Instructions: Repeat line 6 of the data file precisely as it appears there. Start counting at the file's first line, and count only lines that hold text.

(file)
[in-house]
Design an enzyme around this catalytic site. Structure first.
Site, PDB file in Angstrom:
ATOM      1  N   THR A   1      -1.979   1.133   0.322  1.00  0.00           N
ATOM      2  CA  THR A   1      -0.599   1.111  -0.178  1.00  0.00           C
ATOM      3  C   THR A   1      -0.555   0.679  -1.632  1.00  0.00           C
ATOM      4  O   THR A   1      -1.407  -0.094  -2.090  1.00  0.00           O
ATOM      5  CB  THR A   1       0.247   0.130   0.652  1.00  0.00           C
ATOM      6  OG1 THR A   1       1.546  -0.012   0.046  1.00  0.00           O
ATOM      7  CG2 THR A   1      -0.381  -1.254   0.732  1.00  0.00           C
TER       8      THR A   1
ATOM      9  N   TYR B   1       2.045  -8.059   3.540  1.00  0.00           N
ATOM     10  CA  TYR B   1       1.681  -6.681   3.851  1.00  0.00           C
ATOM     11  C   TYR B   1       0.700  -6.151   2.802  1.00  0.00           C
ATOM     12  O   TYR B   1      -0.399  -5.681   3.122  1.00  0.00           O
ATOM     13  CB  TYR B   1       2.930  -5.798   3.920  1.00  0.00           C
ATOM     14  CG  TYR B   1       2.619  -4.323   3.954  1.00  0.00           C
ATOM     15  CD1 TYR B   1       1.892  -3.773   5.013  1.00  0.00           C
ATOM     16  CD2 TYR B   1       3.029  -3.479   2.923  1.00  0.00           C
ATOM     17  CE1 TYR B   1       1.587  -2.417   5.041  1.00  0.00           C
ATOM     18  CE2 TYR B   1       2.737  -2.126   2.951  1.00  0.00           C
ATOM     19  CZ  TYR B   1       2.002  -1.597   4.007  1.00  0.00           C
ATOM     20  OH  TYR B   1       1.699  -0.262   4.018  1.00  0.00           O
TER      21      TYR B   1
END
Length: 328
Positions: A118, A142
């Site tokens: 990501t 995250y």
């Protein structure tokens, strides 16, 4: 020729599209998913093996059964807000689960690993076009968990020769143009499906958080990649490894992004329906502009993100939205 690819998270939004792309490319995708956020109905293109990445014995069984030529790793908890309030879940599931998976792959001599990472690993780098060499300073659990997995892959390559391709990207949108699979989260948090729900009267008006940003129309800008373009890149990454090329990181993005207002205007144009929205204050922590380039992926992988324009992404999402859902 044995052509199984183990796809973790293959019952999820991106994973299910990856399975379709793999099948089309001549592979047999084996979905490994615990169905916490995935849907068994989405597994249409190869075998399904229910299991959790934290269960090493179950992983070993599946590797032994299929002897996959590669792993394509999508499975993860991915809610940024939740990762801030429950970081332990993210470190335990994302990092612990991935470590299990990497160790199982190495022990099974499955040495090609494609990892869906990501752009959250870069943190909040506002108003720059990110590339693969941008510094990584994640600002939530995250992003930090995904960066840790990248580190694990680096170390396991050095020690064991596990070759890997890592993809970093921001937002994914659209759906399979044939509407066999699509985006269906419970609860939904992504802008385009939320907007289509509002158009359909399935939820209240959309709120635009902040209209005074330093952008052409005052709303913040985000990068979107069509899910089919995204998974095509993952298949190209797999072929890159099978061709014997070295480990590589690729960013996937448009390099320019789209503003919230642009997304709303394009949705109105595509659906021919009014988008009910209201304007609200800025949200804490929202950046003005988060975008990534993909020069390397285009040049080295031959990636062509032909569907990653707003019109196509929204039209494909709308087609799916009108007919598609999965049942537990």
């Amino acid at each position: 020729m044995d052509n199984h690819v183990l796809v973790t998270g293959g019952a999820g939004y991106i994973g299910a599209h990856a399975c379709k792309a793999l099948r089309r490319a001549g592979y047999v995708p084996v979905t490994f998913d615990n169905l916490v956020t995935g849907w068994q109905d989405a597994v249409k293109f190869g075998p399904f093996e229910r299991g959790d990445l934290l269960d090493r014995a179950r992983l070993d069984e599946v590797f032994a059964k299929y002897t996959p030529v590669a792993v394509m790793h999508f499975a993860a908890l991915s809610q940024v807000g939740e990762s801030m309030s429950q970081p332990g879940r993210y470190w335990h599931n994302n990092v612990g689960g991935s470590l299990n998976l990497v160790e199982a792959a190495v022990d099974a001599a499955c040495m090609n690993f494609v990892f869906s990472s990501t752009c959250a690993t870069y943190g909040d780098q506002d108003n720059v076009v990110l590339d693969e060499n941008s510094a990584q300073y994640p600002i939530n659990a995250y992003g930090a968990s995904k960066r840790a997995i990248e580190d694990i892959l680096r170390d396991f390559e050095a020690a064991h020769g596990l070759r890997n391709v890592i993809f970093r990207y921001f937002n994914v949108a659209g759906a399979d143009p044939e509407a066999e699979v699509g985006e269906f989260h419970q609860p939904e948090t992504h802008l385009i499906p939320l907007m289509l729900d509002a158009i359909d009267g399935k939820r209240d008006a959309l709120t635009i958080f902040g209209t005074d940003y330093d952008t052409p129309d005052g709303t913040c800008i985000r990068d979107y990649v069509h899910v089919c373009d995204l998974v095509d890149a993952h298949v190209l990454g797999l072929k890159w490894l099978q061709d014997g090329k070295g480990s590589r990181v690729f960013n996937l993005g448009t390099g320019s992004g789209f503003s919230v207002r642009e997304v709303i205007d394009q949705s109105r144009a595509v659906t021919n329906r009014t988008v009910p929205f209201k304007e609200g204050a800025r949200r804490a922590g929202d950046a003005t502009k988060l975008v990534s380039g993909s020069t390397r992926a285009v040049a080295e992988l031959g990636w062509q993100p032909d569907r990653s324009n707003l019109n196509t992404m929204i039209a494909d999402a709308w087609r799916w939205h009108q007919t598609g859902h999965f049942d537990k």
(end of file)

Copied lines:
ATOM      3  C   THR A   1      -0.555   0.679  -1.632  1.00  0.00           C